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BOOK OF THE YEAR – AS CHOSEN BY THE INDEPENDENT, FINANCIAL TIMES, OBSERVER, TIMES LITERARY SUPPLEMENT AND SPECTATOR.
‘Like one of Field Marshal Haig’s family whiskies, Max Hastings is a dram that steadily improves with age … His position as Britain’s leading military historian is now unassailable … In this enormously impressive new book, Hastings effortlessly masters the complex lead-up to and opening weeks of the First World War … [He] is as magisterial as we would expect … This is a magnificent and deeply moving book, and with Max Hastings as our guide we are in the hands of a master’ Nigel Jones, Telegraph
‘Hastings is the author of consistently good histories of WWII. But with ‘Catastrophe’ he has reached a new level of excellence’ The Times
‘Magnificent … Hastings writes with an enviable grasp of pace and balance, as well as an acute eye for human detail. Even for readers who care nothing for the difference between a battalion and a division, his book is at once moving, provocative and utterly engrossing’ Sunday Times
‘Masterly … Hastings is a brilliant guide to that strange, febrile twilight before Europe plunged into darkness. Writing in pungent prose suffused with irony and underpinned by a strong sense of moral outrage … this is history-writing at its best, scholarly and fluent … for anyone wanting to understand how that ghastly, much-misunderstood conflict came about, there could be no better place to start than this fine book’ The Times
‘One could scarcely ask for a better guide to these horrors than Max Hastings … he is a superb writer with a rare gift for evoking the rhythm, mood and raw physical terror of battle … If you are looking for a humane and compelling interpretive chronicle of the formative months of this horrific conflict, you will find none better’ Mail on Sunday
‘Very readable. Character, pace, sense of landscape, battlefield detail – all are superbly done … it's a splendid read’ Observer
Sir Max Hastings is the author of twenty-five books, many of them about war. He was educated at Charterhouse and University College, Oxford, which he quit after a year to become a journalist. Thereafter he reported for newspapers and BBC TV from sixty-four countries and eleven conflicts, notably the 1973 Arab-Israeli War, Vietnam and the 1982 Battle for the Falklands. Between 1986 and 2002 he was editor-in-chief of The Daily Telegraph, then editor of the Evening Standard. He has won many prizes both for journalism and for his books, most recently the 2012 Chicago Pritzker Library’s $100,000 literary award for his contribution to military history, and the RUSI’s Westminster Medal for his international best-seller All Hell Let Loose. He has two grown-up children, Charlotte and Harry, and lives with his wife Penny in West Berkshire, where they garden enthusiastically.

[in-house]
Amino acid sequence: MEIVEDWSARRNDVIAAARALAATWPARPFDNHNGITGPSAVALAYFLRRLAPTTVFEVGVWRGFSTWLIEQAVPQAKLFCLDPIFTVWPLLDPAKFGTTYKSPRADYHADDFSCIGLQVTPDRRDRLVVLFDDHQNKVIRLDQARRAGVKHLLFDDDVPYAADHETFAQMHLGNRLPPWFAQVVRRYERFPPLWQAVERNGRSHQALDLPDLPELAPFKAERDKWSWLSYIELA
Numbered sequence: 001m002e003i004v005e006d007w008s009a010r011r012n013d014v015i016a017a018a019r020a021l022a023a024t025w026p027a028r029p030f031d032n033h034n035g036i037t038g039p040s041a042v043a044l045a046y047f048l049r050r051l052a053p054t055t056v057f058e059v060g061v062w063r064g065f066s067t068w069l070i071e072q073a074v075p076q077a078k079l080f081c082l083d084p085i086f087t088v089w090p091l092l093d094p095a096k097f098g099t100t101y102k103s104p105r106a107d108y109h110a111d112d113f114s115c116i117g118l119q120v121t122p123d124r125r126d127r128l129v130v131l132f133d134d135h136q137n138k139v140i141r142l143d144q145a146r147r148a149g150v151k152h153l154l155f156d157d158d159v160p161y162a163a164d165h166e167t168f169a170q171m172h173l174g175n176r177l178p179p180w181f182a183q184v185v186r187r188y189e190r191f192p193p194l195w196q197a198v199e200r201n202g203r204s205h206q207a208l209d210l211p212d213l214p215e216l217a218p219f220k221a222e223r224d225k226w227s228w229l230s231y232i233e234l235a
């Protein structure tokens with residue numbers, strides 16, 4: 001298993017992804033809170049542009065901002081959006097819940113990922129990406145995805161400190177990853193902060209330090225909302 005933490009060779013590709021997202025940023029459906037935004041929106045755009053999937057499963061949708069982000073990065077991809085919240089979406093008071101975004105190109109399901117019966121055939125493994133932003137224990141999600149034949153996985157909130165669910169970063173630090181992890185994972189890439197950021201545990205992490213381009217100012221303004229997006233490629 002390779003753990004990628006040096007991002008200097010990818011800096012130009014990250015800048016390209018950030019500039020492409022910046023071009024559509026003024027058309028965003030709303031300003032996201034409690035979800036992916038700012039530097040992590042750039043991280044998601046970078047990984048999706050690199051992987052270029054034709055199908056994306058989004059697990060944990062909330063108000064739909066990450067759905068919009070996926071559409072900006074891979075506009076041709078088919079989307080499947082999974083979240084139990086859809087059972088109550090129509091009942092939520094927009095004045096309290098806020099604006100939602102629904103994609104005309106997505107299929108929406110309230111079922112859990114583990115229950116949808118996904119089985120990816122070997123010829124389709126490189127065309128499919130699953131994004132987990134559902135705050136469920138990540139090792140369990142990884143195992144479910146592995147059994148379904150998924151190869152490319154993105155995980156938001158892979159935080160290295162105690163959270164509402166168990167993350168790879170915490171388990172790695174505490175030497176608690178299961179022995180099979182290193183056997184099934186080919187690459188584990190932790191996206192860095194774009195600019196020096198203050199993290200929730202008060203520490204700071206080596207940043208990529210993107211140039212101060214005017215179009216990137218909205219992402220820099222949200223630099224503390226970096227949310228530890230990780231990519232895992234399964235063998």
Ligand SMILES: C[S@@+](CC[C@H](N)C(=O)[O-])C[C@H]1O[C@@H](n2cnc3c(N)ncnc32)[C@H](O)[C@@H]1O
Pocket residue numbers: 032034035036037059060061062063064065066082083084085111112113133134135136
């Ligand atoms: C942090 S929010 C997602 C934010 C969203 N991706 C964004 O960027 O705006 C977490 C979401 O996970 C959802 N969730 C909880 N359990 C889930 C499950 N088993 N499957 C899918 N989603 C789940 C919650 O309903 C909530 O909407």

I'll keep it brief. This is a highly readable account of the build up to the beginning of World War 1 and the first months of war. Read morePublished 5 days ago by R. A. S. Brown
A bit of a slog for the general reader.
Not enough anecdotes to provide colour among the descriptions of memos & meetings. Read more
It's almost an hour by hour account of the first year or so. Pity Mr Hastings can be more engaging.Published 25 days ago by Fangio
Great book covering a large part of the conflict, engaging for even those with a fair bit of knowledge as author covers big picture while also throwing in some pretty grounding... Read morePublished 26 days ago by Jake Bullet
Wonderful book if you want to know the full story behind the onset of the first world war with all the politicking, ambitions for expansion, disputed territories all examined in a... Read morePublished 1 month ago by Gedwin
Another excellent history by MH. I just wish he'd bring out 1915! Overlaps with McMillan's book The War that Ended Peace. Read morePublished 1 month ago by Timothy Hawthorn
An interesting focus on the causes and thoughts of people during the start of the war. A good mix of strategic history and personal stories from participants at all levels.Published 1 month ago by Julian Stanley Mew
I admire Max Hastings's books (I've got the lot) and he is an enthralling writer on war but I found this just a little flat and dull at times. Read morePublished 1 month ago by Steve